OP-ED : Innovation and the EC's Android Investigation

The EU’s antitrust regulator, DG Competition, is in charge of establishing and implementing a coherent competition policy across the EU. As the world’s second largest economy, it is by no means surprising that DG COMP is one of the most sophisticated antitrust enforcers in the world.

DG COMP’s role is made up of many composite parts, including investigative and decision-making powers, which have come under criticism in the past. Historically, DG COMP has famously charged large corporations with heavy fines for breaching EU rules. Former Competition Commissioner, Joaquín Almunia, opened a tirade of antitrust investigations into large (often foreign) multinationals, leaving his successor and current Commissioner Margrethe Vestager with numerous loose ends to tie up.

Amongst this wave of investigations into mammoth companies, Vestager ended up with a pending formal investigation into Google’s mobile operating system, Android, which she opened in April 2015, adding to a list of other investigations into Google’s competitive practices. One year later, after building a case based on views provided by official complainants, DG COMP announced its Statement of Objections against Android on 20th April 2016.

Vestager, who is the former Deputy Prime Minister of Denmark and is believed to have inspired TV series Borgen, is generally perceived as one of the hardest working Commissioners with an impressively large portfolio. Nevertheless, halfway into the investigation, her team had not made a significant effort to speak with a large group of important stakeholders - independent developers who build on Android.

So why not? This huge constituency includes 71% of European developers who target Android amongst other operating systems. In fact, Android has supposedly been extraordinary for developers, as low cost Android devices exponentially multiplied the size of the market, which now numbers billions of devices globally.

One area of the investigation that developers are particularly concerned about is fragmentation, or so-called Android ‘forks’. Android is an open source OS, meaning that anyone can make an app for Android and any manufacturer can use Android on their phones. This meant that at first, Android was extremely messy. Developers would find themselves having to code several different versions of their apps in order to work on all devices (phones, tablets, etc.) that run Android.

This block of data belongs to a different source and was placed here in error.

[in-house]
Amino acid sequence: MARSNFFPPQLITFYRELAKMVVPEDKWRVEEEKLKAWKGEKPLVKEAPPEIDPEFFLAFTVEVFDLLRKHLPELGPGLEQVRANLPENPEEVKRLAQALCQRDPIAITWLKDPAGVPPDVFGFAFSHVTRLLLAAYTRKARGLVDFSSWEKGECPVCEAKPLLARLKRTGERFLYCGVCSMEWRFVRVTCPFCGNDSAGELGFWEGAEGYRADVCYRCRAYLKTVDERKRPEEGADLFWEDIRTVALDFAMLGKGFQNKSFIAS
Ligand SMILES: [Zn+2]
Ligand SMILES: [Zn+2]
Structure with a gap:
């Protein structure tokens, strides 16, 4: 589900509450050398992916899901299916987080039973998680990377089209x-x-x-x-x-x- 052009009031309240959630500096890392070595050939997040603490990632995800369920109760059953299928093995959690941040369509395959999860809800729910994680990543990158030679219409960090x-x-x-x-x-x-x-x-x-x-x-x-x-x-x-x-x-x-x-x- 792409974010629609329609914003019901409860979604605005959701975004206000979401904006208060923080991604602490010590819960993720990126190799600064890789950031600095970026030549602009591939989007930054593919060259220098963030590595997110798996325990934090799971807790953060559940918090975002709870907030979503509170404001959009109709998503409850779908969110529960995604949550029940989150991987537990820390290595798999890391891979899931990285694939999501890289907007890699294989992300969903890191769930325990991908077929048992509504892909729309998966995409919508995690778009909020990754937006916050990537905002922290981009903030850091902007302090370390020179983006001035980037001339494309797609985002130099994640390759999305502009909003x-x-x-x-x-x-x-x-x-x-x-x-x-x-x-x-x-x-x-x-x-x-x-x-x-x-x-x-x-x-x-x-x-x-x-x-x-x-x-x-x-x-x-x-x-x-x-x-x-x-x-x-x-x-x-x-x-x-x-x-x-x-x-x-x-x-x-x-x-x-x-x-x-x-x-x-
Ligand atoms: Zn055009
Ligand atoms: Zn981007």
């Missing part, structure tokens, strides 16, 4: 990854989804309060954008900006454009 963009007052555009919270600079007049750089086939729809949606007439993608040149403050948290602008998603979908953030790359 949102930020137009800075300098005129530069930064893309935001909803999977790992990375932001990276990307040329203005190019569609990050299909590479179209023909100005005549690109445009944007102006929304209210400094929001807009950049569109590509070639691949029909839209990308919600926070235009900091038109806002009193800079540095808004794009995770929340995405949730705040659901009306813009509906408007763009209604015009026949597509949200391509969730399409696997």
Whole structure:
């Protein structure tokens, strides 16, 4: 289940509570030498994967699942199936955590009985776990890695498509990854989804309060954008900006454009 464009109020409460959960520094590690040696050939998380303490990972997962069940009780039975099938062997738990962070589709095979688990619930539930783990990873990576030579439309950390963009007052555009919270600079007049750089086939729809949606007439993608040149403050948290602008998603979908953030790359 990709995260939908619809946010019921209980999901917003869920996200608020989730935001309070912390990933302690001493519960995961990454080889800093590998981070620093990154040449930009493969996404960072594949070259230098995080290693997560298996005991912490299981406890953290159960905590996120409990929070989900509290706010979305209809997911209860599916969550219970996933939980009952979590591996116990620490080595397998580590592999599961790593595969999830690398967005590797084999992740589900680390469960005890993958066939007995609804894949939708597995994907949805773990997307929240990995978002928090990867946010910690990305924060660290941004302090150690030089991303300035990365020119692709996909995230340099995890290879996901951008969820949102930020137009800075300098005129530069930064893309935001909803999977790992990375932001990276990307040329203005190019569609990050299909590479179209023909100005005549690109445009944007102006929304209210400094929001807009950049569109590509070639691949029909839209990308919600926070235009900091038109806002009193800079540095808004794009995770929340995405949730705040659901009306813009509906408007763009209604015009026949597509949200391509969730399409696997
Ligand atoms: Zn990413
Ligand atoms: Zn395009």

In the early days of Android, annoyed developers would regularly vent their frustrations on numerous online platforms, but fast-forward to today and those articles seem like a distant memory to most developers. This is because circa 2012, unhappy developers successfully urged Google to harmonise the platform and in turn, Google created anti-fragmentation agreements with its device partners. Since then, the app developer industry has grown exponentially and the harmonisation of Android has also enabled consumers to upgrade their devices or switch brands knowing that their favourite apps would continue working.

So DG COMP may be right that supporting forked Android by mandating manufacturers’ access to Google Play could create more device and operating system competition. But crucially, it would force developers back to earlier messy Android, which would cost valuable resources, undermine consumer confidence, and harm developers and publishers.

Today’s compatible mobile platforms are critical underpinnings of an extraordinary, disruptive, vibrant and competitive mobile economy. It is clear that DG COMP’s goal is not to endanger the foundations of innovation, creativity and jobs, and in doing so inadvertently harm app developers, publishers and consumers.

Yet it is vital that DG COMP take into account the needs of the innovators building on the platform when evaluating the ecosystem. App developers and publishers should not be sacrificed in an effort to create artificial competition. 

 

 

Catriona Meehan

Director of EU Policy and Government Affairs